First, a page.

Sivan may think—or hope—that because the film’s timeframe is solidly in the past, present-day reality won’t make its presence felt. It will and does.

Social and artistic impulse is critical. Under what social impetus is a particular work being carried out? Before the Rains is burdened by the director’s ambivalent or limited attitude toward the current political and social circumstances in India. One can’t speak deeply or richly about past events in a work of art, especially in a case like this, without working through one’s view of the consequences in the present of those events.

The failure to do that diminishes what Sivan is trying to accomplish in the psychological and emotional sphere. It deadens the atmosphere. For all its beauty, the film is marred by an inherent lack of dynamism. Even as the action heats up, it generates inadequate energy to propel itself forward.

The past also has its say, but not to the movie’s advantage. Sivan says: “When our producer Doug Mankoff showed me the Israeli short film Red Roofs [the inspiration for Before the Rains], I was struck by how timeless and universal the story was. My fascination with the story was that it could happen to anyone, anywhere at any time. I like the collision of cultures and the shifting points of view in the film, along with the fact that the characters were so complex, since I’m always interested in exploring grey shades of people, not just black and white.”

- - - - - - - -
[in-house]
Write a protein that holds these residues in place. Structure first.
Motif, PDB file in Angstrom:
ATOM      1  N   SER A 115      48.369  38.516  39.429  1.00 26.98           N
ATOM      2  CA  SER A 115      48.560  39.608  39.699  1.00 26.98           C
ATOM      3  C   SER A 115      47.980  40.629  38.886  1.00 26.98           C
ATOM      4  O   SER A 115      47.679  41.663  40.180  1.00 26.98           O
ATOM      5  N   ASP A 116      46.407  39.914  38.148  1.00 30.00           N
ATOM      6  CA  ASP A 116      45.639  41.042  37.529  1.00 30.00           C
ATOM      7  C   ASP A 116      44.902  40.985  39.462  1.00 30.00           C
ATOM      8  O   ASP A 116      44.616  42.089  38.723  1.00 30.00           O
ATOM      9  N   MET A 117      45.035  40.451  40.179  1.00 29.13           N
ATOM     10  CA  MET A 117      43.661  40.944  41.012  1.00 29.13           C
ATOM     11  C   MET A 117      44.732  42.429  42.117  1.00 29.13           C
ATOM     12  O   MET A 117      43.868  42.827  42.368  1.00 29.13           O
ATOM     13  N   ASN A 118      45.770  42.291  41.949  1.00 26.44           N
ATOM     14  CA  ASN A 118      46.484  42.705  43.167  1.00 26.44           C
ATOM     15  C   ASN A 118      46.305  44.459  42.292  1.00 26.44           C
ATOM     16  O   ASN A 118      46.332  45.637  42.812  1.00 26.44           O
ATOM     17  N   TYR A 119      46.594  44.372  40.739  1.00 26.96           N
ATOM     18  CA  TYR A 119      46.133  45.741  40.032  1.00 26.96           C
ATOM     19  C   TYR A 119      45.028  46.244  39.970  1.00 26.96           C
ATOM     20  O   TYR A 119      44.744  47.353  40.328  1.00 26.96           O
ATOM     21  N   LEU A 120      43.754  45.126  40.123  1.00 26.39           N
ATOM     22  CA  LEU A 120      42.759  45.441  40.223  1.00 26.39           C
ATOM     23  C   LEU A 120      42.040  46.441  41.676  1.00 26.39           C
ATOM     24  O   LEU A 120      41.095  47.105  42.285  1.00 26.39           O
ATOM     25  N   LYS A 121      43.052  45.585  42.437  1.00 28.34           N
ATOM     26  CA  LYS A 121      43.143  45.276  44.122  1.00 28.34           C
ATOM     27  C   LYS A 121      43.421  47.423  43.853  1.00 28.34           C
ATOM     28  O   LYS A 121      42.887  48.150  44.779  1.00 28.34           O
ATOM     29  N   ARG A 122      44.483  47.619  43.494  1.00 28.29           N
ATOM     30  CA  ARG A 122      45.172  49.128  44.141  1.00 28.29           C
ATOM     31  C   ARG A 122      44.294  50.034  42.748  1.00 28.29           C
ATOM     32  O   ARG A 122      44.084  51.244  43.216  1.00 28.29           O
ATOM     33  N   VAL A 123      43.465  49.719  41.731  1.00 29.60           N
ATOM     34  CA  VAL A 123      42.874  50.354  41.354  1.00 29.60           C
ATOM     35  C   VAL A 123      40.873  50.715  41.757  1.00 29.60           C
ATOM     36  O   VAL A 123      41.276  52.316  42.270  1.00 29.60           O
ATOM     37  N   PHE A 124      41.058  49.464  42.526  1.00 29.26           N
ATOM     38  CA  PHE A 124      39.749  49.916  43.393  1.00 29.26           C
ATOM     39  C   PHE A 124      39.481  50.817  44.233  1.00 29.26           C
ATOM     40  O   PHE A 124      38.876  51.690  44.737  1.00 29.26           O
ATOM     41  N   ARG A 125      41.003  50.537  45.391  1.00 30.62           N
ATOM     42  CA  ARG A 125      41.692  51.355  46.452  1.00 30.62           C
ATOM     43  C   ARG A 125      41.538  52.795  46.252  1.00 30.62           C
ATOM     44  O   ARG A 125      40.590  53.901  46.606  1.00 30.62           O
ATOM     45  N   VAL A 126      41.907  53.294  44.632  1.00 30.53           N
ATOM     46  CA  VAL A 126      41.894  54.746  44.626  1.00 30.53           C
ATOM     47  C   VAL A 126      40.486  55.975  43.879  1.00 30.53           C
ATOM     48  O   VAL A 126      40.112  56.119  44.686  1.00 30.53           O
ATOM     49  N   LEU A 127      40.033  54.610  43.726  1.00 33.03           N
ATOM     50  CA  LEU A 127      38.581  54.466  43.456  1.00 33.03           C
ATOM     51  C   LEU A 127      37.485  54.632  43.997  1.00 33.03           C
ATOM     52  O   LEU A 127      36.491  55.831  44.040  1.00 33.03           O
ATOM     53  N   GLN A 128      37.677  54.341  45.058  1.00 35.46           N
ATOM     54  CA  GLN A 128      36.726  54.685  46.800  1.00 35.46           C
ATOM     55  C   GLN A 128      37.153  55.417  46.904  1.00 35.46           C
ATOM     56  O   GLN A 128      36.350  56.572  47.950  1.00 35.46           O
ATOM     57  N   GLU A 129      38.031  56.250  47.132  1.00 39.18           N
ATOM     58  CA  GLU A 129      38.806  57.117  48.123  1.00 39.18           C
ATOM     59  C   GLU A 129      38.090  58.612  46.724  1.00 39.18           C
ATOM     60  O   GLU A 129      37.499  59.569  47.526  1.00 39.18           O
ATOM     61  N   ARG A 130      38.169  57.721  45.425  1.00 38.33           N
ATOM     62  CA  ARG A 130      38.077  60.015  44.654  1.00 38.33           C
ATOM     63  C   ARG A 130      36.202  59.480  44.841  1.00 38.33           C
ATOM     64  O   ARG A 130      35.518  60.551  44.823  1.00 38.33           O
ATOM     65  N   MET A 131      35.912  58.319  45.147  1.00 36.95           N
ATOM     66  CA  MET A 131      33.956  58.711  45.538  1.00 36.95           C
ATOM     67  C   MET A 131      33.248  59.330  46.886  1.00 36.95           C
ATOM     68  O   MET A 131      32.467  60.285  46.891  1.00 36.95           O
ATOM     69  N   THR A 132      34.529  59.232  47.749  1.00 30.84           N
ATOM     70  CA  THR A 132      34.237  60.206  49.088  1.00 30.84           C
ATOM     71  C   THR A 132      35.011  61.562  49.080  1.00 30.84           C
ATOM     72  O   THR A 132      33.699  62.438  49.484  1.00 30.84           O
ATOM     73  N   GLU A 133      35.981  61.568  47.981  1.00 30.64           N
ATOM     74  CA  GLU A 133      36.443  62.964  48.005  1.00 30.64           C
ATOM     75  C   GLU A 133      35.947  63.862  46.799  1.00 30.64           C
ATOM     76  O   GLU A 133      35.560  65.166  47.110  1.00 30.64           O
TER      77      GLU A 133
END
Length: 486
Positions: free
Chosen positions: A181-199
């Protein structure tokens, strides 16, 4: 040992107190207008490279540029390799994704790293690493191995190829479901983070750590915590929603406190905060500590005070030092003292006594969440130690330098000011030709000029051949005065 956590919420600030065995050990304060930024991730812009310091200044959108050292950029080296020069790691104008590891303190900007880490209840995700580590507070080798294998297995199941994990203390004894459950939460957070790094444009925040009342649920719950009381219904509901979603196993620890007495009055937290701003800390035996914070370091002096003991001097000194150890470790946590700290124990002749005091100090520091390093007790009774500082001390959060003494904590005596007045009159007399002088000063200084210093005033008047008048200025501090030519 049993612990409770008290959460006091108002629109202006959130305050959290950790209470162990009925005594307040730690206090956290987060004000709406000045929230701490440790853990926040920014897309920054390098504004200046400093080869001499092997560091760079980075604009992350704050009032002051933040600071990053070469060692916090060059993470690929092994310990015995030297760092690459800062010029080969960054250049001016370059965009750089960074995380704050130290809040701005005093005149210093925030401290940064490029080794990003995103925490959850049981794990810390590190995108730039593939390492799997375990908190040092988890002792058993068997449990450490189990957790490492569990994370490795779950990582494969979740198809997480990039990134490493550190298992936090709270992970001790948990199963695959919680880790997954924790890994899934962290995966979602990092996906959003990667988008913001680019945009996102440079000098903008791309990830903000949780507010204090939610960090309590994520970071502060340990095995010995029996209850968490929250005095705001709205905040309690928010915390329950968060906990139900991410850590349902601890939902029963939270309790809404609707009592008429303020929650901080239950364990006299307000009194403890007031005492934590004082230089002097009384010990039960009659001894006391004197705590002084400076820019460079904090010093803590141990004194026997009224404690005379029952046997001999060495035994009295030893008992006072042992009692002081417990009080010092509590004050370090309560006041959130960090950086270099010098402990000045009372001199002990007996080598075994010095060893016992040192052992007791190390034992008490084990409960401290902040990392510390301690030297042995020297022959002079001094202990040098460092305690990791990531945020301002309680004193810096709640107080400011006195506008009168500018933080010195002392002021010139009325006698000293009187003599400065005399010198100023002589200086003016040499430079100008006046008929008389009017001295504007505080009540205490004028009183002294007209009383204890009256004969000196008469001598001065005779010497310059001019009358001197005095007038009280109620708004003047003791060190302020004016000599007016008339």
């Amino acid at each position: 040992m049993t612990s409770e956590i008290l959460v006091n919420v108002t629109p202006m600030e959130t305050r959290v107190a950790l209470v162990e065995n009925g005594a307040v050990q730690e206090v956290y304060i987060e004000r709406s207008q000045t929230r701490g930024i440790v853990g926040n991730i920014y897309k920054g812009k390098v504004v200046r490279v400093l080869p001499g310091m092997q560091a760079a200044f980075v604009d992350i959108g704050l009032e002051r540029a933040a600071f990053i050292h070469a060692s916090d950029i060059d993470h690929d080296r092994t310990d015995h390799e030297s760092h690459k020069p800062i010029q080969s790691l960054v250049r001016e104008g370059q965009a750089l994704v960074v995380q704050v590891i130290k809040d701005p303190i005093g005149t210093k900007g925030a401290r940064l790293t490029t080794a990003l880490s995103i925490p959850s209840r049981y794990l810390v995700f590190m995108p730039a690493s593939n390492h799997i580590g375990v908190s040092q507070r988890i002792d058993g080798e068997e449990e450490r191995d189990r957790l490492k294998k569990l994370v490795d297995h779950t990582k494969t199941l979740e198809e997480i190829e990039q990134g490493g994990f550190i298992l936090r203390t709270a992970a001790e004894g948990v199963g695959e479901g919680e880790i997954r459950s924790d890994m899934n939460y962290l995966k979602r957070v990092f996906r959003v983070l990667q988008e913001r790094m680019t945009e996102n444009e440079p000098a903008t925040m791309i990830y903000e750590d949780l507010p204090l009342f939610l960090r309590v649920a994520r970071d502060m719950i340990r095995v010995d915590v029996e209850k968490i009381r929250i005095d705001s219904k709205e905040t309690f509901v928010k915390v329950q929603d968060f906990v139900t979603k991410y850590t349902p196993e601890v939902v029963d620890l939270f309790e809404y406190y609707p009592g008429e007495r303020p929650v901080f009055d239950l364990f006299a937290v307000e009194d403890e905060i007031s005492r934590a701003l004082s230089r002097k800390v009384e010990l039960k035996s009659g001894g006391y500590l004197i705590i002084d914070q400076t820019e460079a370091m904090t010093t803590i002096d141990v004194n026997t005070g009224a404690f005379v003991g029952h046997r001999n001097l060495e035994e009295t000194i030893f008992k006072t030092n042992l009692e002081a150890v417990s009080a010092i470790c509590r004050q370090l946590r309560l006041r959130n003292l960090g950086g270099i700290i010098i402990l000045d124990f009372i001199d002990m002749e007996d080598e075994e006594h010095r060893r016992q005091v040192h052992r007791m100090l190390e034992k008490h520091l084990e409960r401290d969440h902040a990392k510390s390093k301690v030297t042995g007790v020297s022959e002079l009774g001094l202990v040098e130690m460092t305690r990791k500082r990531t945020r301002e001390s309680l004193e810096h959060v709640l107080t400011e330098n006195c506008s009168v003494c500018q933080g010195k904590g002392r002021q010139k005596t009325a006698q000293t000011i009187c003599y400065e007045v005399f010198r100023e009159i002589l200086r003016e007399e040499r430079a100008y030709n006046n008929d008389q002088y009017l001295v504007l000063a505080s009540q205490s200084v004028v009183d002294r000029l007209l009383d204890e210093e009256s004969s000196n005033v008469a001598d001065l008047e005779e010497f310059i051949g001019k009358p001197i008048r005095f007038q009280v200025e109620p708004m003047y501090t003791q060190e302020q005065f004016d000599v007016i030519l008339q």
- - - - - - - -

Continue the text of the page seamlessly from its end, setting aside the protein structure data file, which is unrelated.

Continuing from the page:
But a “timeless” story is not one that can precisely enough bring out the complexities and subtleties of human behavior. Human beings don’t operate outside time; even the most enduring elements in human life (birth, love, sex, death) take place under specific social and historical conditions, and the forms in which they occur are qualitatively influenced by those.

It is only in the context of those concrete conditions that the intricacies of thoughts and feelings, their specificity, break through the limits of a universal “black and white” consciousness and reveal the “greys.” While Sivan does present scenes that depict a Gandhi-like figure and non-violent protests against the British, these are slight and a mere background for his exploration of the colonial mindset. This approach further erodes the film’s tension. A false urgency tends to fill gaps in the drama.